Slasher Films Are Sexist!

Horror movie films have a long way to go in plot diversity


Are these horror films intrinsically misogynistic? As the spooky season of Halloween approaches, we ask all readers to be mindful when they watch slashers as well as other types of chilling movies. For as long as horror has been around, the genre portrays the female gender and its women actors as unsuspecting, over sexualized girls who end up being the victims. We all know the type of characters dealt out in this department of film who are eliminated first by masked men who carry around spare chainsaws. It’s usually the girl who wants to go make out with her boyfriend, is sexually involved, or who takes off her shirt in the woods who gets picked off first. 

BBC culture included a snippet of an interview with Jenn Wexler, whose profession is filmmaking and directing. Wexler states her opinion clearly, saying “the bimbo, the party girl… who is one of the characters who’s going to get killed right awa,y and then one that’s reading a book so she’s going to be the final girl who survives to the end.” This promotes fear that keeps women in check, almost by preaching the lesson “don’t get horny with your boyfriend or bad things will happen to you.”

Movies like Scream, which was created to be a teaser of how over the top and solidified in their tradition slasher films are, have been created too. There’s a point during Scream when one of the characters, Randy summarizes the rules of a horror movie. His delivery of the lines breaks the fourth wall, as the viewers note how self-aware the movie is.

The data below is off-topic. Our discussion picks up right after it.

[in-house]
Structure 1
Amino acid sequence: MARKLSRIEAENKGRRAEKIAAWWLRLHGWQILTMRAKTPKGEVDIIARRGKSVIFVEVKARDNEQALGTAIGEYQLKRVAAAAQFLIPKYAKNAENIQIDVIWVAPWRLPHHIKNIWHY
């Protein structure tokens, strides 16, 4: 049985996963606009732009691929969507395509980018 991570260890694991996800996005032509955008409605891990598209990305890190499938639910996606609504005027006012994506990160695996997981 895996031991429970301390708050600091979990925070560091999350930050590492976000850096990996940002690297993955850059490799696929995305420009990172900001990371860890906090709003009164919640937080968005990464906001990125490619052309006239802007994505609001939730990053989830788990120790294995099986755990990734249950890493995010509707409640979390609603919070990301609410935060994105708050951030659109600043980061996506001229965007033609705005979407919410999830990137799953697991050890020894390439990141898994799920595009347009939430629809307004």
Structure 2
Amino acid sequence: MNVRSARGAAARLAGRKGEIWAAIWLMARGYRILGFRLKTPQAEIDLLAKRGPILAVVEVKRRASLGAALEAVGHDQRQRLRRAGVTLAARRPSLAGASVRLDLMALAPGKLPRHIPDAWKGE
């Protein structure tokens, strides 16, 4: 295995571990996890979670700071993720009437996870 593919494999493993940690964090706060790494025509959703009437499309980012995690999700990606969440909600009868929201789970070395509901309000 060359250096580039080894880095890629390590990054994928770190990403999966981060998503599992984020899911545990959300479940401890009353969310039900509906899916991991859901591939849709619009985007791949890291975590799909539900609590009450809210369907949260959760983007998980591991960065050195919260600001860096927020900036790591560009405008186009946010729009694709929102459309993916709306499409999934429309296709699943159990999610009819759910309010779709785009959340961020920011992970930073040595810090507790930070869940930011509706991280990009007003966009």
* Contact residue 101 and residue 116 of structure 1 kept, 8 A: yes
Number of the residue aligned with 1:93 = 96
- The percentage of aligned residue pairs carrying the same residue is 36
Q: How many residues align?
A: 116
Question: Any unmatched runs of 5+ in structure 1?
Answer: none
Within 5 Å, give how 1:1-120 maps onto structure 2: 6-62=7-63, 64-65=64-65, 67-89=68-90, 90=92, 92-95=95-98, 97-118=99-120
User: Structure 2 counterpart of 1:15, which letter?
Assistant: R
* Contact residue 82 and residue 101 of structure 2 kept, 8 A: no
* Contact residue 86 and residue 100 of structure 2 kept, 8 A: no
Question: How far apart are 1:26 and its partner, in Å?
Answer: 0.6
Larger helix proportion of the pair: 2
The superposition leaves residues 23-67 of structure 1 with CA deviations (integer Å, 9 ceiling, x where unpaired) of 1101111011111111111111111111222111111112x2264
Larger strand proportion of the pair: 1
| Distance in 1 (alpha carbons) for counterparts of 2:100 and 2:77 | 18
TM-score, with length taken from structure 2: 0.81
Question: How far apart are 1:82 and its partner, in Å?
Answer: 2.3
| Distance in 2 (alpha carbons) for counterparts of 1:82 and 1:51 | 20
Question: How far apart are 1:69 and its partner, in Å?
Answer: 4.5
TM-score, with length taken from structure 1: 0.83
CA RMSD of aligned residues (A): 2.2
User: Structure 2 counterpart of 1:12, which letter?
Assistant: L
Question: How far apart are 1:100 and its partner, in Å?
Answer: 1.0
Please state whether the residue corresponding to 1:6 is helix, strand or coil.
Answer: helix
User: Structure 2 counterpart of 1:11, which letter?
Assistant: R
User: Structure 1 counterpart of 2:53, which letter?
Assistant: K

While women usually don’t end up well in slashers, there have also been instances where they do. Aliena science fiction horror movie set in space, stars Sigourney Weaver. Throughout the movie, the  crew is picked off, some male, with Weaver being the final survivor. She is portrayed as powerful, insightful, and quick-witted, which leaves her better off than some of her male counterparts throughout the movie. 

Another path to sexism found in slasher films is toxic masculinity. Male characters like Evan from Freaky, have the desire to dominate others, view the female characters like objects, and suppress their emotions.

We need to begin to look at a different approach to horror. Producing pop culture and entertainment that downgrades a women’s worth, basing it on how big her breasts are, is degrading to half the viewer population. This October, consider what kinds of characters YOU’D like to see displayed and incorporated into the horror genre we all know and love.